The 2010 Canadian General Social Survey highlights that time spent at home and residential neighbourhood differs significantly by age and income groups (p<0.01).13 Given the residential time use disparities, we hypothesise that individuals who spend more time in their residential neighbourhood would be more strongly affected by their residential neighbourhood walkability. In other words, a stronger association between neighbourhood walkability and walking for transport behaviour may exist for those who spend more time at their residential neighbourhood compared with those who spend less time there.
The primary aim of this study is to investigate potential model misclassification in previous studies of walkability by quantifying the temporal dimension of residential exposure through effect modification. In addition, our secondary aim is to improve the interpretability of the walkability index and improve its usefulness for informing active transport policies. By analysing components of the index separately (ie, land-use mix, residential density and street connectivity), we aim to shed light on their relative importance in relation to walking for transport. A comprehensive review of the association between walkability measures and active transport showed that 11 of 34 publications used walkability as an index.10 However, the review mentioned that using the full walkability index (without analysing its components) can be problematic since the various components of the index are mixed in and the strength of association for each component is not known. This reduces its usefulness at informing specific urban planning policies. Therefore, in this study, the full walkability index as well as its individual components will be examined.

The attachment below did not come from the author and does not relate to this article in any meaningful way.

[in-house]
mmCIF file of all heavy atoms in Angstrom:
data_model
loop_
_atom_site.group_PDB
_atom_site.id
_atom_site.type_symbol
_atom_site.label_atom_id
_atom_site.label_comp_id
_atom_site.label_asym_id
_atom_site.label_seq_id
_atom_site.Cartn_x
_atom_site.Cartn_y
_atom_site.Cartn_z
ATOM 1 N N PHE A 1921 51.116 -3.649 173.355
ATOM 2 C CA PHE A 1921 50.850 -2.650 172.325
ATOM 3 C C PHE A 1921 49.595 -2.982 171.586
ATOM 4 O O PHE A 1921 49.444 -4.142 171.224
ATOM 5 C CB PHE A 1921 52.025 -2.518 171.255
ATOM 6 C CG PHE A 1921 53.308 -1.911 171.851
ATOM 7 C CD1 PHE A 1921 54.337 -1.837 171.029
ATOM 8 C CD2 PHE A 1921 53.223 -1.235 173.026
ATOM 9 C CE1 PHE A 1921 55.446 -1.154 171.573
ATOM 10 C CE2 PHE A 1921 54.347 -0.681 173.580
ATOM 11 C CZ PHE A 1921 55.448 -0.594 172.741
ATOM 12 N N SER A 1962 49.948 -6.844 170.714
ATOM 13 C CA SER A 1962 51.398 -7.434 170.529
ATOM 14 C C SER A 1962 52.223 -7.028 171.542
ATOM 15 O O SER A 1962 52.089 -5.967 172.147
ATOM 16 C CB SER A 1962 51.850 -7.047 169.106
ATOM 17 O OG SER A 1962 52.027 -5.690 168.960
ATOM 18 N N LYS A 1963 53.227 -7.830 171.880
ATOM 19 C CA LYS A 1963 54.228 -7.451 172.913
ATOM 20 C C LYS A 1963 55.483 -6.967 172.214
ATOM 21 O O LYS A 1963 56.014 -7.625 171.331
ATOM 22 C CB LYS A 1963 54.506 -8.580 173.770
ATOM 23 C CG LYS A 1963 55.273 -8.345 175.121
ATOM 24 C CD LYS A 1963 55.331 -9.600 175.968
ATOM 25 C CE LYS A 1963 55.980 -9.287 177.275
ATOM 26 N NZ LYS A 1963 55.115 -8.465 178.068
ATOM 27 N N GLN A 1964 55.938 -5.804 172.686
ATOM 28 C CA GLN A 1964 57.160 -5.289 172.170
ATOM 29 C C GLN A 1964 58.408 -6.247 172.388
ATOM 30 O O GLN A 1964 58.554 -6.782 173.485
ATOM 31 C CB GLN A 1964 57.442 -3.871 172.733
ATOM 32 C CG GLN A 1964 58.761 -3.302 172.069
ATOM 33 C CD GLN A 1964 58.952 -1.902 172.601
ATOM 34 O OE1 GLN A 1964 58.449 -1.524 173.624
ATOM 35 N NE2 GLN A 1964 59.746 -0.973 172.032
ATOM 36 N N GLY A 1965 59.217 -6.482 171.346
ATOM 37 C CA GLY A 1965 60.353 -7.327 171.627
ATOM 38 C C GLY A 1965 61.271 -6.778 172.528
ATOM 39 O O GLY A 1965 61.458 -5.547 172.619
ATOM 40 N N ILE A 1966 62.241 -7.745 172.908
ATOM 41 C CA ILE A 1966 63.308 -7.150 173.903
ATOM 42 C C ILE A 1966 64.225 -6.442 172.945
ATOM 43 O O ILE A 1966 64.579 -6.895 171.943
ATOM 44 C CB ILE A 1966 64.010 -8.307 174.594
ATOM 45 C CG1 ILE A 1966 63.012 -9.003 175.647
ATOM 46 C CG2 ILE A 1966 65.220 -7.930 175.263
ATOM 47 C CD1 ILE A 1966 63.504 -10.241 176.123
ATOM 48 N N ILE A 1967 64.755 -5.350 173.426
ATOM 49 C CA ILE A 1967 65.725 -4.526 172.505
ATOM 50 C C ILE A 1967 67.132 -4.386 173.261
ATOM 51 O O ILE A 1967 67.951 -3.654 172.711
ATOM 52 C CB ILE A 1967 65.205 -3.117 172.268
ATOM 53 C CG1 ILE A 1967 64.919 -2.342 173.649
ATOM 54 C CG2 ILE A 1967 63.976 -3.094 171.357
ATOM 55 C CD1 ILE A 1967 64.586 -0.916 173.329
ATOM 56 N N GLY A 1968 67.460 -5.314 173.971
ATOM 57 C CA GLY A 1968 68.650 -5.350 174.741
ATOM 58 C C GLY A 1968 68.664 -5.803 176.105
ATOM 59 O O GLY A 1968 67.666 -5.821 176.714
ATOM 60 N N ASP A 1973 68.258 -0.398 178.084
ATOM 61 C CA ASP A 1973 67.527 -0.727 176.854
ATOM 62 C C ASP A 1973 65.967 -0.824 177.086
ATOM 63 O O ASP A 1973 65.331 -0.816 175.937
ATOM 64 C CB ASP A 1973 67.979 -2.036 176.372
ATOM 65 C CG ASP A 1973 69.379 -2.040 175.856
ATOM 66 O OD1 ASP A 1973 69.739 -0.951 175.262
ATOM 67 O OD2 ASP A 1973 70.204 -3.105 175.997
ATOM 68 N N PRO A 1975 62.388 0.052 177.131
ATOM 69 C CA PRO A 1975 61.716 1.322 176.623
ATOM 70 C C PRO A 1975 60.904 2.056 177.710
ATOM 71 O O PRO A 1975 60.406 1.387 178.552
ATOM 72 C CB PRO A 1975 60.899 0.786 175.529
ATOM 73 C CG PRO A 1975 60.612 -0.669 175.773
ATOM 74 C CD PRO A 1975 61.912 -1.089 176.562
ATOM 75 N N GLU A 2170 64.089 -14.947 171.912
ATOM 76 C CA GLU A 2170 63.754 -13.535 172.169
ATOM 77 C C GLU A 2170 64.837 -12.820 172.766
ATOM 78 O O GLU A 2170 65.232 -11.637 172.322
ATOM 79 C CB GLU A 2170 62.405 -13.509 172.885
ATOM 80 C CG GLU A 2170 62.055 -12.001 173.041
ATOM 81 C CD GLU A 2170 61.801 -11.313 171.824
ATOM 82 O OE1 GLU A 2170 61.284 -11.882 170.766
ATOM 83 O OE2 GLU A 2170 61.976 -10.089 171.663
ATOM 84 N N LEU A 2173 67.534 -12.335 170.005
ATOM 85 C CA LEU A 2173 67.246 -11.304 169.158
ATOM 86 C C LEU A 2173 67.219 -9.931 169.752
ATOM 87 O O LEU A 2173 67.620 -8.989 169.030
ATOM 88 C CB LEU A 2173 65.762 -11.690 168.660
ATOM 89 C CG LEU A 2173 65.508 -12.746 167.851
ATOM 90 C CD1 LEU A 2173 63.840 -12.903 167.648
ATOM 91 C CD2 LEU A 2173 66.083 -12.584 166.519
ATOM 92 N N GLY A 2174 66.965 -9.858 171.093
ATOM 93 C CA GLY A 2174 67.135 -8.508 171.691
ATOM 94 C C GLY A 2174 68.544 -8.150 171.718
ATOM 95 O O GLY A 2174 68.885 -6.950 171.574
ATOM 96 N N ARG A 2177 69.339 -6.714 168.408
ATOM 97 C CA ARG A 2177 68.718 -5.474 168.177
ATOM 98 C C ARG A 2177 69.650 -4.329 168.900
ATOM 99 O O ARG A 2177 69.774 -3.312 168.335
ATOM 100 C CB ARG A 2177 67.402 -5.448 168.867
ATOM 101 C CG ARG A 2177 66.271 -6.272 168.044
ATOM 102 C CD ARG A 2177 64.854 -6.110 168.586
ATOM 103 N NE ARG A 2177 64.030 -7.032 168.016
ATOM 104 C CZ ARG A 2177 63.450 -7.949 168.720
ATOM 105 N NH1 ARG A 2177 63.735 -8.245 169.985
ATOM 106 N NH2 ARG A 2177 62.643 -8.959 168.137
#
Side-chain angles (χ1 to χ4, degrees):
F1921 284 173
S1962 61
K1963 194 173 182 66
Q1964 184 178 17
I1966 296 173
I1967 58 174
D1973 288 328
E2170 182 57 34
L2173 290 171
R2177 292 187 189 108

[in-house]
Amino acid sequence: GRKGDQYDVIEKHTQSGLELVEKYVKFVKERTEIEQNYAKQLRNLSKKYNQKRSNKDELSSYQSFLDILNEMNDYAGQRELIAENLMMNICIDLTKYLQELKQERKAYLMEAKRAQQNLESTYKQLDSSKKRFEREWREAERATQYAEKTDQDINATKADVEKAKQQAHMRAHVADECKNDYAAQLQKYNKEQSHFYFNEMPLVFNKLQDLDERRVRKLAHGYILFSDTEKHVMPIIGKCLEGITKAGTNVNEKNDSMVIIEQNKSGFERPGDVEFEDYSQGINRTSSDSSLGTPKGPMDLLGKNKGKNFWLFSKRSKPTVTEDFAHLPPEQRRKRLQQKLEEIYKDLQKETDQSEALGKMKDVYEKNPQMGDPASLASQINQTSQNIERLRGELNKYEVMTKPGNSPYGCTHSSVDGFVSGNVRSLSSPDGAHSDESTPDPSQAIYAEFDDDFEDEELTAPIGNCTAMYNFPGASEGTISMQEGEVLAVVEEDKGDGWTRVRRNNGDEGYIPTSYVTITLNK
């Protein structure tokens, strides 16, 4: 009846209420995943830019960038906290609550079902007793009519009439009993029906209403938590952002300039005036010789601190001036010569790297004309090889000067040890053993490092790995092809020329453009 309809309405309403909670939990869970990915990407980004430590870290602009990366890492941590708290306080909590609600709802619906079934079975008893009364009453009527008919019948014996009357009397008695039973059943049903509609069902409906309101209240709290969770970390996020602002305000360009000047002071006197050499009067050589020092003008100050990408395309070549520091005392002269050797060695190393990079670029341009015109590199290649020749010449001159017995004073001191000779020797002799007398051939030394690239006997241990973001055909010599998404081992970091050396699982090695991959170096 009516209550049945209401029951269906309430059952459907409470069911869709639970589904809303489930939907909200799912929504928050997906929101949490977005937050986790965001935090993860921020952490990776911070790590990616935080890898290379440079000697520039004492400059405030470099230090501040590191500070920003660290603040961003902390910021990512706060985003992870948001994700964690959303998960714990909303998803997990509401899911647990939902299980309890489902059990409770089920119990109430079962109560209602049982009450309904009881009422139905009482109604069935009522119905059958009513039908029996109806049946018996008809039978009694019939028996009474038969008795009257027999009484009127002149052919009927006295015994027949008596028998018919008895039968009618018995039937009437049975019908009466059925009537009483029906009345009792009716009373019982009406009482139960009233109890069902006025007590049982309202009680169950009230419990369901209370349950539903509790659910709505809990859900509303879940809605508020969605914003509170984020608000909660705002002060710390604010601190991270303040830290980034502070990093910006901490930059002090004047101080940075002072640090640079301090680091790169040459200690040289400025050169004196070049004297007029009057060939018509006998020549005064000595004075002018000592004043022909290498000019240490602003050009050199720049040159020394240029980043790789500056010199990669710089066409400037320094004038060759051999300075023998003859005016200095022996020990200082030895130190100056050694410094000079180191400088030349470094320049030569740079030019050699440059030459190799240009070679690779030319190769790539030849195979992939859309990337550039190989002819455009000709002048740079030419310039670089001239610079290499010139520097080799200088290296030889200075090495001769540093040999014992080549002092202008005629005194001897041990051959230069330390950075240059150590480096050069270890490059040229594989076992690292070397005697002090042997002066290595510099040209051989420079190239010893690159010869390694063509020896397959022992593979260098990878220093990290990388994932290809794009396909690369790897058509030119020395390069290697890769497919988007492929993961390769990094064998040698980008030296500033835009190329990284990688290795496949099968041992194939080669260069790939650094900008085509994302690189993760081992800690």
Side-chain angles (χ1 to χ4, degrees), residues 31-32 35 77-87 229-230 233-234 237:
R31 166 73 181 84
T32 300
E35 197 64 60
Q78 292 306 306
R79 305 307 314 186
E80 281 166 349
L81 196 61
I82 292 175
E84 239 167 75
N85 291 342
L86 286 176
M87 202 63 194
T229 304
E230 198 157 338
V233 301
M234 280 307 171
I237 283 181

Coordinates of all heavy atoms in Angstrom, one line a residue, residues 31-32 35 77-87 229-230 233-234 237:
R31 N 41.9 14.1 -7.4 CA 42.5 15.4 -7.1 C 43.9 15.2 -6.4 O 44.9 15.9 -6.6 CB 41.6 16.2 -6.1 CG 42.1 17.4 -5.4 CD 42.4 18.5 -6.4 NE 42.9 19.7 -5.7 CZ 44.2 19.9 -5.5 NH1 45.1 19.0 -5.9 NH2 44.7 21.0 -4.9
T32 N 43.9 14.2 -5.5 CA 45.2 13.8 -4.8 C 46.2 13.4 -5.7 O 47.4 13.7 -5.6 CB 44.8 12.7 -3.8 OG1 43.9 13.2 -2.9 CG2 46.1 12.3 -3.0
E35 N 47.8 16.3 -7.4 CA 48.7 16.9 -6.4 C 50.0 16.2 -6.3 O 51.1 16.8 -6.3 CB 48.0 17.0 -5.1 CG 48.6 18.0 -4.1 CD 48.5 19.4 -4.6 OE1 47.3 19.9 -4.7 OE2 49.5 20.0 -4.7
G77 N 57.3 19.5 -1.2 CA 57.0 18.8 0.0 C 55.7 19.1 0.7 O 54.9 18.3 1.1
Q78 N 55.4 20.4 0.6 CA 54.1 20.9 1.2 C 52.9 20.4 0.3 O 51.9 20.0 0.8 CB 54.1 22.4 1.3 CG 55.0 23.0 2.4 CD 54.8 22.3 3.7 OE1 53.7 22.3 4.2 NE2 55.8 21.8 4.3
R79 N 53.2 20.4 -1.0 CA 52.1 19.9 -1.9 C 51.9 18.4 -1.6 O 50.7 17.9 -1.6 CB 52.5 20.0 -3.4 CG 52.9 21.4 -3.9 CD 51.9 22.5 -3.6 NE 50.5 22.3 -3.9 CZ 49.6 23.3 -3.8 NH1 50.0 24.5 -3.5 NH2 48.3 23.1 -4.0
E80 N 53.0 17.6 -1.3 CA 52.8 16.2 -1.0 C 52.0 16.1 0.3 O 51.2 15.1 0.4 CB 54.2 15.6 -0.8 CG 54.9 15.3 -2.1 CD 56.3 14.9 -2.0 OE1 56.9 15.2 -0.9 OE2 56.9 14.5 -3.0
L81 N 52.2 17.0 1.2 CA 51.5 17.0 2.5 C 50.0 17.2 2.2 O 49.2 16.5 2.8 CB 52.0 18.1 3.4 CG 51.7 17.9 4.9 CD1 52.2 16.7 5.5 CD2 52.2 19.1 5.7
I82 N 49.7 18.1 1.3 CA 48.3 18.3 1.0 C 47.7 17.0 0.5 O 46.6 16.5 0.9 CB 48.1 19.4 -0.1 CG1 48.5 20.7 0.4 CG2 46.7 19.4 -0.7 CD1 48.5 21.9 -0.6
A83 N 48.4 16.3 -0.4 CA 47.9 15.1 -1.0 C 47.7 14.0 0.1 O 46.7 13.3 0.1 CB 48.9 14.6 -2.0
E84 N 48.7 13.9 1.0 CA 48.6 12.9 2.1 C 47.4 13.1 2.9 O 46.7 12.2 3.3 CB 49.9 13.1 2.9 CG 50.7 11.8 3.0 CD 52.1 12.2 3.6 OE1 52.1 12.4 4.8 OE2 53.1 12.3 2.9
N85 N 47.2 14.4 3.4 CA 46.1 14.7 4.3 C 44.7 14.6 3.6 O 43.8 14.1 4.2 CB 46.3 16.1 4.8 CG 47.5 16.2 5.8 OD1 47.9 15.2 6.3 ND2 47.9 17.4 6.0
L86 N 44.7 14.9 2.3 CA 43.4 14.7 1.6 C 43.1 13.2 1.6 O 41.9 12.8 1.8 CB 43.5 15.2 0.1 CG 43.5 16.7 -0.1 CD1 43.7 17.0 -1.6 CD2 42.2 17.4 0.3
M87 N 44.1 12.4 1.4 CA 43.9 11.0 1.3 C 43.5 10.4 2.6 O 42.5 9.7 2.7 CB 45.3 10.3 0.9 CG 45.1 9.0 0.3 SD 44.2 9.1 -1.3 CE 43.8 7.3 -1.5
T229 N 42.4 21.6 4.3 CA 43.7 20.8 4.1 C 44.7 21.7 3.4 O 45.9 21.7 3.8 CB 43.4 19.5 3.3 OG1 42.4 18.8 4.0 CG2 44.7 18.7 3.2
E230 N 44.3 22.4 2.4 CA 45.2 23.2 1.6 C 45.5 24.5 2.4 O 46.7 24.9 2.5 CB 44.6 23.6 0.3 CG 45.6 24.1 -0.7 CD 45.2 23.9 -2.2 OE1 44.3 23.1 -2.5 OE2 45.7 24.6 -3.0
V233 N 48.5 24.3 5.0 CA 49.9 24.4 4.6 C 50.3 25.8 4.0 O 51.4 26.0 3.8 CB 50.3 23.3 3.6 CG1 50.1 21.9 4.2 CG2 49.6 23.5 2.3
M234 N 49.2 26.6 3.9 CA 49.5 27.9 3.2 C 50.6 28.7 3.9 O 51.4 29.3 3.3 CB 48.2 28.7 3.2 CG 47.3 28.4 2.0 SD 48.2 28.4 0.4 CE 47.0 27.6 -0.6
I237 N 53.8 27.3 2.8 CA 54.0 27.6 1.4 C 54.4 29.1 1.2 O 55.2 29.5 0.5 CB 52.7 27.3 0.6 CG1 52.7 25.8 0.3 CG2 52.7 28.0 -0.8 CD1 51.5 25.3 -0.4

To achieve these two aims, we asked the following three research questions:
Is there an association between the walkability index and self-reported walking for transport after adjusting for individual-level confounders?
What is the association between each of the three components of the walkability index (ie, land-use mix, residential density and road intersections density) and self-reported walking for transport after adjusting for individual-level confounders? (We acknowledge that there is already a strong body of research as it relates to questions 1 and 2; however, these are necessary intermediate questions as we work towards answering question 3 relating to modification of effect by exposure time, which is a novel contribution)
Is the strength of association between walkability and walking for transport different for people who spend differing amounts of time at their residential neighbourhoods?